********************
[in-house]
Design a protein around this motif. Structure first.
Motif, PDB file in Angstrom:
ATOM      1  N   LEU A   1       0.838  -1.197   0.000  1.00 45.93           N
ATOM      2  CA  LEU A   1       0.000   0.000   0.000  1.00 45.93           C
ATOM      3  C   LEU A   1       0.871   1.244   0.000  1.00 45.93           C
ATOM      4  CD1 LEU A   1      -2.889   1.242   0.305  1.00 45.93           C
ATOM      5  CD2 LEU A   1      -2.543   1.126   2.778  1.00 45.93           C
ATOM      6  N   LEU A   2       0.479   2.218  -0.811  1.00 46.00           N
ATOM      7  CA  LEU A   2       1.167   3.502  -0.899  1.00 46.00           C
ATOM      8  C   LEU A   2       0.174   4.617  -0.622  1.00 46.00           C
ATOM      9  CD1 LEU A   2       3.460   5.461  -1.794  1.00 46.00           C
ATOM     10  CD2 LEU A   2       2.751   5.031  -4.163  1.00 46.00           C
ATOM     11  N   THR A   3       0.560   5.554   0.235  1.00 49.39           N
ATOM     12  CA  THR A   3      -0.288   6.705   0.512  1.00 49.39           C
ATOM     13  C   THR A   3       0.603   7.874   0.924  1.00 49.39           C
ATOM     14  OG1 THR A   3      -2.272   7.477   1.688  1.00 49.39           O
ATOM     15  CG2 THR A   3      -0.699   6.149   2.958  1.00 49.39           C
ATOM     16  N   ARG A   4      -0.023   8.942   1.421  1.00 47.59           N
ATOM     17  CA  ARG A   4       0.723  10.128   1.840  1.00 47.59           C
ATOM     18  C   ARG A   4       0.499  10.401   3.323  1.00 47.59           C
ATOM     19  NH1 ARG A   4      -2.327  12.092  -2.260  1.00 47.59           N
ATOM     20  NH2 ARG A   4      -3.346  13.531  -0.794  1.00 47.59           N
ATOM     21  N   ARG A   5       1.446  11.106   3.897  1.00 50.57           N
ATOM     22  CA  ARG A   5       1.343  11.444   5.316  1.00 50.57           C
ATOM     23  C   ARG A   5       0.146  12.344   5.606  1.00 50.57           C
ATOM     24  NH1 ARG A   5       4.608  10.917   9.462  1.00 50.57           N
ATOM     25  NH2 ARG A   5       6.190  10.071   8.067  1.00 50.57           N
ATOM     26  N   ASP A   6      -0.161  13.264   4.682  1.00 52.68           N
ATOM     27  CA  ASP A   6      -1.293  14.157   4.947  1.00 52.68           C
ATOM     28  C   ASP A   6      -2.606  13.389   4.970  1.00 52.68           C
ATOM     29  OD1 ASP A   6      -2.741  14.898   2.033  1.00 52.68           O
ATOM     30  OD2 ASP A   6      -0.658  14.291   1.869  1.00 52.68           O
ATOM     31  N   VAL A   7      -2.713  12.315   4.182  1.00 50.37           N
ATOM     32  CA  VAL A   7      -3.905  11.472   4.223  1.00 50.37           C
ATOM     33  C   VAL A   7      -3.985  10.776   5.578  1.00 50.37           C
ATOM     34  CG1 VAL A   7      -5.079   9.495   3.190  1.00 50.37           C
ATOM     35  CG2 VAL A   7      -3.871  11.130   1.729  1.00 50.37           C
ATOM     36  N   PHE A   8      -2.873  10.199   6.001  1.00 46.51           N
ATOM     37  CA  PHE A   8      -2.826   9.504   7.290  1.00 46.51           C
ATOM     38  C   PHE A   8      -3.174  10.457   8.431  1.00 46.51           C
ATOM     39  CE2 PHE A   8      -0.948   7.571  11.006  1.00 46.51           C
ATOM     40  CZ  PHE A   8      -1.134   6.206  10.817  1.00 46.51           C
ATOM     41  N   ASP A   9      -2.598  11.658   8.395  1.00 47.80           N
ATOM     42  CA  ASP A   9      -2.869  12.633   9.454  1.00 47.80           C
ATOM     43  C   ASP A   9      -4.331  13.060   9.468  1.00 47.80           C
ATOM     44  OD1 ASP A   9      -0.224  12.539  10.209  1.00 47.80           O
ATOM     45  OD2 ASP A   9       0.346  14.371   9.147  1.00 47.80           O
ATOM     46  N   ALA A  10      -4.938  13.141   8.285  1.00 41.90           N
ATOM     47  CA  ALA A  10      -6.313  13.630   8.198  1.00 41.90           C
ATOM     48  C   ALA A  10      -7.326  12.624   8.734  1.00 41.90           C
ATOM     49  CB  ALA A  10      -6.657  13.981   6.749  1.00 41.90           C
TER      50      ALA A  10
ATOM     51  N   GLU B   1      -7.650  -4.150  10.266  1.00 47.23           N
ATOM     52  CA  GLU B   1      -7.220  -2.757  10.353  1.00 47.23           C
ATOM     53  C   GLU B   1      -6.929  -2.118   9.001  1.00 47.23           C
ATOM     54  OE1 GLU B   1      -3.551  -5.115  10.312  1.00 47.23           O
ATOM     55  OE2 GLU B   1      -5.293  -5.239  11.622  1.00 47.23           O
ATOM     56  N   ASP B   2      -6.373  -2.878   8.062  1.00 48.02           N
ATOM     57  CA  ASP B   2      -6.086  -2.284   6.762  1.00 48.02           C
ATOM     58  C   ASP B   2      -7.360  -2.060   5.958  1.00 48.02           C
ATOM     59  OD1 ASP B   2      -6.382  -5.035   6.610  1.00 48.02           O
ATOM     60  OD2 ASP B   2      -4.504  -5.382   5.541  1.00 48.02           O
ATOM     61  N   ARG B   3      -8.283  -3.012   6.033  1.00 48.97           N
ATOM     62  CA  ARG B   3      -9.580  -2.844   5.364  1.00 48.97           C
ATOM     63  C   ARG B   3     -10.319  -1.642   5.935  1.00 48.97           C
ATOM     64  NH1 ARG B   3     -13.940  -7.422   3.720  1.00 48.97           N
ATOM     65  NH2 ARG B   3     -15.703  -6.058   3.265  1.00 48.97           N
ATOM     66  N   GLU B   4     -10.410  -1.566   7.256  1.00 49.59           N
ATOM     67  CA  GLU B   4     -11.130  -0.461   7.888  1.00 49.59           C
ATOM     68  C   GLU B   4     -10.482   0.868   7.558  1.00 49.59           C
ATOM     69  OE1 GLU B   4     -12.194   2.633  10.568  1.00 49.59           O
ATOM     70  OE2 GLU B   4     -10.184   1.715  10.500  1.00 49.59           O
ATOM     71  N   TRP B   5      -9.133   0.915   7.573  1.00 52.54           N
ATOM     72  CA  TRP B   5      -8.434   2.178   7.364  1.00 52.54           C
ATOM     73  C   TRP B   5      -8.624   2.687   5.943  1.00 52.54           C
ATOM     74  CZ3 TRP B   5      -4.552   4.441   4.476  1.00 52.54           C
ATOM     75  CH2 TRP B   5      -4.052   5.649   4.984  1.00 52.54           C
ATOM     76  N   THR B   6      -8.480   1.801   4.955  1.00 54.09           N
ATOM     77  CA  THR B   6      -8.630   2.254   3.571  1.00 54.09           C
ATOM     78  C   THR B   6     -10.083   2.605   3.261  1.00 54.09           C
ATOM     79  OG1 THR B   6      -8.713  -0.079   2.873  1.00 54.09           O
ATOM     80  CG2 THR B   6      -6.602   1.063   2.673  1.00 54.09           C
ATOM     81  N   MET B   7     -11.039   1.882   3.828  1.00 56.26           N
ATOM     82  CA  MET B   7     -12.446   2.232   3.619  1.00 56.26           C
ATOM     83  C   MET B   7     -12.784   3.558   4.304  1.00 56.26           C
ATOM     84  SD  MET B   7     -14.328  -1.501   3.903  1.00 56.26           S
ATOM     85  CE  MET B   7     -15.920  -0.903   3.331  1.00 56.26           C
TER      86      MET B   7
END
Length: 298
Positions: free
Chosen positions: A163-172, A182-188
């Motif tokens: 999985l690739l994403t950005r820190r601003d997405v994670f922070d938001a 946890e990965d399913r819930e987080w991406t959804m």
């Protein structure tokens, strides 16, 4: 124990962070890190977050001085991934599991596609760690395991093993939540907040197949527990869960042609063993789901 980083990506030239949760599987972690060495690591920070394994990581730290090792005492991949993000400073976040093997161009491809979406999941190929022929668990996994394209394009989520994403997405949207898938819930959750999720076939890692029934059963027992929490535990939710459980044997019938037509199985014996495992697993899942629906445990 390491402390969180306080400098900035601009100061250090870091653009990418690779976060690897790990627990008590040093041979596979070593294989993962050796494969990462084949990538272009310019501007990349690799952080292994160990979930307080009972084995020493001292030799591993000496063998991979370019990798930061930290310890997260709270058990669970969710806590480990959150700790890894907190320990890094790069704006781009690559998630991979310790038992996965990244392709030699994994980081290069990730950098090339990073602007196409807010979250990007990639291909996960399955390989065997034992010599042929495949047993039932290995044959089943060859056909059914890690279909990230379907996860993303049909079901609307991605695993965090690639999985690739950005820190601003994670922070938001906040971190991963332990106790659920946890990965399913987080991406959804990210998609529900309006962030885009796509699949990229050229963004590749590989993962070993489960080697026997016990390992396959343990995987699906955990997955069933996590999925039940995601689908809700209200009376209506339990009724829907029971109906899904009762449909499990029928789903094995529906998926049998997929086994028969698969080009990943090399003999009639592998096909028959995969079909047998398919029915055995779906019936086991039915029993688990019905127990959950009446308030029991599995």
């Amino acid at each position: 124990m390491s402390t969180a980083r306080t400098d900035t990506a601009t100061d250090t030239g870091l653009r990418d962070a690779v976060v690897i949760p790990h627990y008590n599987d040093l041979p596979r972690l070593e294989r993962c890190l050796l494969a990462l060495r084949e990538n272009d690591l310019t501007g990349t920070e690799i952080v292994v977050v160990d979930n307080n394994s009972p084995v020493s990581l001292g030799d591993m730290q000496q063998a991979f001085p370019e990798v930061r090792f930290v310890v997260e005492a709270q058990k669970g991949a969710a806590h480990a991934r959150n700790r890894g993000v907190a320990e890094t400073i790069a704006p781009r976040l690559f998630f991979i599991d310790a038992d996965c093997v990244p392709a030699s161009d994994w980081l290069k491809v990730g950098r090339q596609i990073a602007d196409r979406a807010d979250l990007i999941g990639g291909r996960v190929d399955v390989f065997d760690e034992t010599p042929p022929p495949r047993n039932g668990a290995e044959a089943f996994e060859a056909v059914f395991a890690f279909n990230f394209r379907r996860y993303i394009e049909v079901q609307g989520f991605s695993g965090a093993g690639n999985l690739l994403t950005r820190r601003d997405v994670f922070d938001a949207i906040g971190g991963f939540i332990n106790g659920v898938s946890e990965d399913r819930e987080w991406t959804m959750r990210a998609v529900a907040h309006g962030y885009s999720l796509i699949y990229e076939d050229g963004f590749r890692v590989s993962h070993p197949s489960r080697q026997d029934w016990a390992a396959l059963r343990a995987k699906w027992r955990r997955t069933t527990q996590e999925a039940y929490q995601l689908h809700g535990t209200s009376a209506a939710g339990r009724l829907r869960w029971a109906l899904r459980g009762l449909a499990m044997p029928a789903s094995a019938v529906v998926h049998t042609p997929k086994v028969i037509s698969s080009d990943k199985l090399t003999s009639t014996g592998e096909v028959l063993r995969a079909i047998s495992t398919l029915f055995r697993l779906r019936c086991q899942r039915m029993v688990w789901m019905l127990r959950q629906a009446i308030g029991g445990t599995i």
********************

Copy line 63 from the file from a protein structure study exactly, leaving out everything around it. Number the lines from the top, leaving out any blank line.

ATOM     60  OD2 ASP B   2      -4.504  -5.382   5.541  1.00 48.02           O